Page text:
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Measuring the Effect of the Zero Lower Bound on Medium- and Longer-Term Interest Rates

  • John Williams

    (Federal Reserve Bank of San Francisco)

  • Eric Swanson

    (Federal Reserve Bank of San Francisco)

The zero lower bound on nominal interest rates has constrained the Federal Reserve's setting of the overnight federal funds rate for over three years running. According to many macroeconomic models, such an extended period of being stuck at the zero bound has important implications for the effectiveness of monetary and fiscal policies. However, economic theory also implies that households' and firms' decisions depend on the entire path of expected future short-term interest rates, not just the current level of the overnight rate. Thus, interest rates with a year or more to maturity are arguably the most relevant for the private sector, and it is unclear to what extent the zero lower bound has affected those rates. In this paper, we propose a novel approach to measure when and to what extent the zero lower bound affects interest rates of any maturity. We compare the sensitivity of interest rates of various maturities to macroeconomic news during periods when short-term interest rates are very low to that during normal times. We find that yields on Treasury securities with six months or less to maturity have been strongly affected by the zero bound during most or all of the period when the federal funds rate was near zero. In stark contrast to this finding, yields with more than two years to maturity have responded to economic news during the past three years in their usual way. One- and two-year Treasury yields represent an intermediate case, being partially constrained by the zero bound over part of the period when the funds rate was near zero. We provide two explanations for these results. First, market participants have consistently expected the zero bound to constrain policy for only about a year into the future, minimizing its effect on longer-term yields. Second, the Federal Reserve's unconventional policy actions may be offsetting the effects of the zero bound on longer-term yields.

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Paper provided by Society for Economic Dynamics in its series 2012 Meeting Papers with number 462.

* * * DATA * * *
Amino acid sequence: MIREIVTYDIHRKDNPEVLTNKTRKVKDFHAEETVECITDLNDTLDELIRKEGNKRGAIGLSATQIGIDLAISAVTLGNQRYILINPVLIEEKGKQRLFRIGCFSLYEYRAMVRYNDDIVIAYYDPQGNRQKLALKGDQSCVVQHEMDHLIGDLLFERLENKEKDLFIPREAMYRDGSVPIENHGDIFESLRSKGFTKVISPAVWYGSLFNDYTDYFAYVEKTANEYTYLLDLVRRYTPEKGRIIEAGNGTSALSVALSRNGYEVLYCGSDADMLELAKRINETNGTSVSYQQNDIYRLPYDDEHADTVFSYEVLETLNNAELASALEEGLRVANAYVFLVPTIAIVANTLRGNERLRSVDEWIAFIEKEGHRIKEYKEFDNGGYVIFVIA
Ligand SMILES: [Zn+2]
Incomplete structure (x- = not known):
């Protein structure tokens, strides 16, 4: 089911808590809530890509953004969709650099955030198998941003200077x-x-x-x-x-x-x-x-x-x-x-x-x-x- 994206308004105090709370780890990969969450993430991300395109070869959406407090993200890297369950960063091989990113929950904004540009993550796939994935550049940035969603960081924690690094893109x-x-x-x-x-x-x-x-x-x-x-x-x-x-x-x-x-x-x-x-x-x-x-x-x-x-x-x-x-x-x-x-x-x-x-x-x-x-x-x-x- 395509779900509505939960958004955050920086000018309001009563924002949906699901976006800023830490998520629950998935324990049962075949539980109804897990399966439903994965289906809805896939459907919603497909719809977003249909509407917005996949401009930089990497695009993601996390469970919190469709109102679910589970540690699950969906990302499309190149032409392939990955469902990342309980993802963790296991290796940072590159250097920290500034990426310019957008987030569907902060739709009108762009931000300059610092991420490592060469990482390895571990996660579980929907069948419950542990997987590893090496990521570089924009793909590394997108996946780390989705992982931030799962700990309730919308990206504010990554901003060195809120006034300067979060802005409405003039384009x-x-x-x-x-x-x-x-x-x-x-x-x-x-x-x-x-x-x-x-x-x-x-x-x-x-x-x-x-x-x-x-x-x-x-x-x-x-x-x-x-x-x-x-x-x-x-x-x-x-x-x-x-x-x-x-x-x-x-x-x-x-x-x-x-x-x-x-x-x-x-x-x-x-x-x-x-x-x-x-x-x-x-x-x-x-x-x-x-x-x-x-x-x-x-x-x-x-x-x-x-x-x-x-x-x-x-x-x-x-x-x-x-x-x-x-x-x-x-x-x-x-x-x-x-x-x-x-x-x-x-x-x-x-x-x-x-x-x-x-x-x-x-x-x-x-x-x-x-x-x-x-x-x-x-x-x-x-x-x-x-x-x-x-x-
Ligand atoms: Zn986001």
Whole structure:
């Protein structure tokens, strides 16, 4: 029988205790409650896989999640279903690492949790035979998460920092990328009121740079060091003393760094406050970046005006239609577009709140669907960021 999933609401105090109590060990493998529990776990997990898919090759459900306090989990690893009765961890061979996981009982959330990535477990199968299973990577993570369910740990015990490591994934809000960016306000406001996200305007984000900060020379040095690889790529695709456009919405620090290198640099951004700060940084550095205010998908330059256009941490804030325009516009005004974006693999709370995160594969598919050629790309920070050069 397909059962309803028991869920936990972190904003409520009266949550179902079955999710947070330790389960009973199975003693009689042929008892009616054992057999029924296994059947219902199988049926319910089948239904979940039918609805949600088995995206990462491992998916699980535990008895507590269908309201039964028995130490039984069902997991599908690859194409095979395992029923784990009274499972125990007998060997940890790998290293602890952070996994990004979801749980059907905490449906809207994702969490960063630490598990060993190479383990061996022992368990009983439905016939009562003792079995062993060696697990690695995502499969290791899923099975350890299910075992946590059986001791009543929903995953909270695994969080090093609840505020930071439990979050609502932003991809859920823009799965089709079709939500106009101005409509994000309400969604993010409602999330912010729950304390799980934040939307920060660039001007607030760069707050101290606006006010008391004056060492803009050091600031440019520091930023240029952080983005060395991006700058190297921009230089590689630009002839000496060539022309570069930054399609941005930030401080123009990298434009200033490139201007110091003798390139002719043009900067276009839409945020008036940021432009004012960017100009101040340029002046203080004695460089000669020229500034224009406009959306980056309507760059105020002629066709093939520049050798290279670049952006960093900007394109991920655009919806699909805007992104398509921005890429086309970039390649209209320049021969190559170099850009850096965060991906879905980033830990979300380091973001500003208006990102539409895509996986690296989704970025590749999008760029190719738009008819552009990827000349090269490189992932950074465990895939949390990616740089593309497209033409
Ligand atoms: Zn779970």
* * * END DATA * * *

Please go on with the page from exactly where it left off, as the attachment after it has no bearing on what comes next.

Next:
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Date of creation: 2012
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Handle: RePEc:red:sed012:462
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  1. Eric T. Swanson, 2011. "Let’s twist again: a high-frequency event-study analysis of operation twist and its implications for QE2," Working Paper Series 2011-08, Federal Reserve Bank of San Francisco.
  2. Andrea Tambalotti & Ernst Schaumburg, 2004. "An Investigation of the Gains from Commitment in Monetary Policy," Econometric Society 2004 North American Summer Meetings 282, Econometric Society.
  3. Vayanos, Dimitri & Vila, Jean-Luc, 2009. "A Preferred-Habitat Model of the Term Structure of Interest Rates," CEPR Discussion Papers 7547, C.E.P.R. Discussion Papers.
  4. James D. Hamilton & Jing Cynthia Wu, 2012. "The Effectiveness of Alternative Monetary Policy Tools in a Zero Lower Bound Environment," Journal of Money, Credit and Banking, Blackwell Publishing, vol. 44, pages 3-46, 02.
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  7. Davide Debortoli & Ricardo Nunes, 2007. "Loose commitment," International Finance Discussion Papers 916, Board of Governors of the Federal Reserve System (U.S.).
  8. Gurkaynak, Refet S. & Sack, Brian T. & Swanson, Eric P., 2007. "Market-Based Measures of Monetary Policy Expectations," Journal of Business & Economic Statistics, American Statistical Association, vol. 25, pages 201-212, April.
  9. Swanson, Eric T., 2006. "Have Increases in Federal Reserve Transparency Improved Private Sector Interest Rate Forecasts?," Journal of Money, Credit and Banking, Blackwell Publishing, vol. 38(3), pages 791-819, April.
  10. Viatcheslav Gorovoi & Vadim Linetsky, 2004. "Black's Model of Interest Rates as Options, Eigenfunction Expansions and Japanese Interest Rates," Mathematical Finance, Wiley Blackwell, vol. 14(1), pages 49-78.
  11. Chan, K C, et al, 1992. " An Empirical Comparison of Alternative Models of the Short-Term Interest Rate," Journal of Finance, American Finance Association, vol. 47(3), pages 1209-27, July.
  12. Arvind Krishnamurthy & Annette Vissing-Jorgensen, 2007. "The Demand for Treasury Debt," NBER Working Papers 12881, National Bureau of Economic Research, Inc.
  13. Kim, Don H. & Singleton, Kenneth J., 2012. "Term structure models and the zero bound: An empirical investigation of Japanese yields," Journal of Econometrics, Elsevier, vol. 170(1), pages 32-49.
  14. Refet S Gürkaynak & Andrew Levin & Eric Swanson, 2010. "Does Inflation Targeting Anchor Long-Run Inflation Expectations? Evidence from the U.S., UK, and Sweden," Journal of the European Economic Association, MIT Press, vol. 8(6), pages 1208-1242, December.
  15. Refet S. Gürkaynak & Brian Sack & Eric Swanson, 2005. "The Sensitivity of Long-Term Interest Rates to Economic News: Evidence and Implications for Macroeconomic Models," American Economic Review, American Economic Association, vol. 95(1), pages 425-436, March.
  16. Jonathan H. Wright, 2012. "What does Monetary Policy do to Long‐term Interest Rates at the Zero Lower Bound?," Economic Journal, Royal Economic Society, vol. 122(564), pages F447-F466, November.
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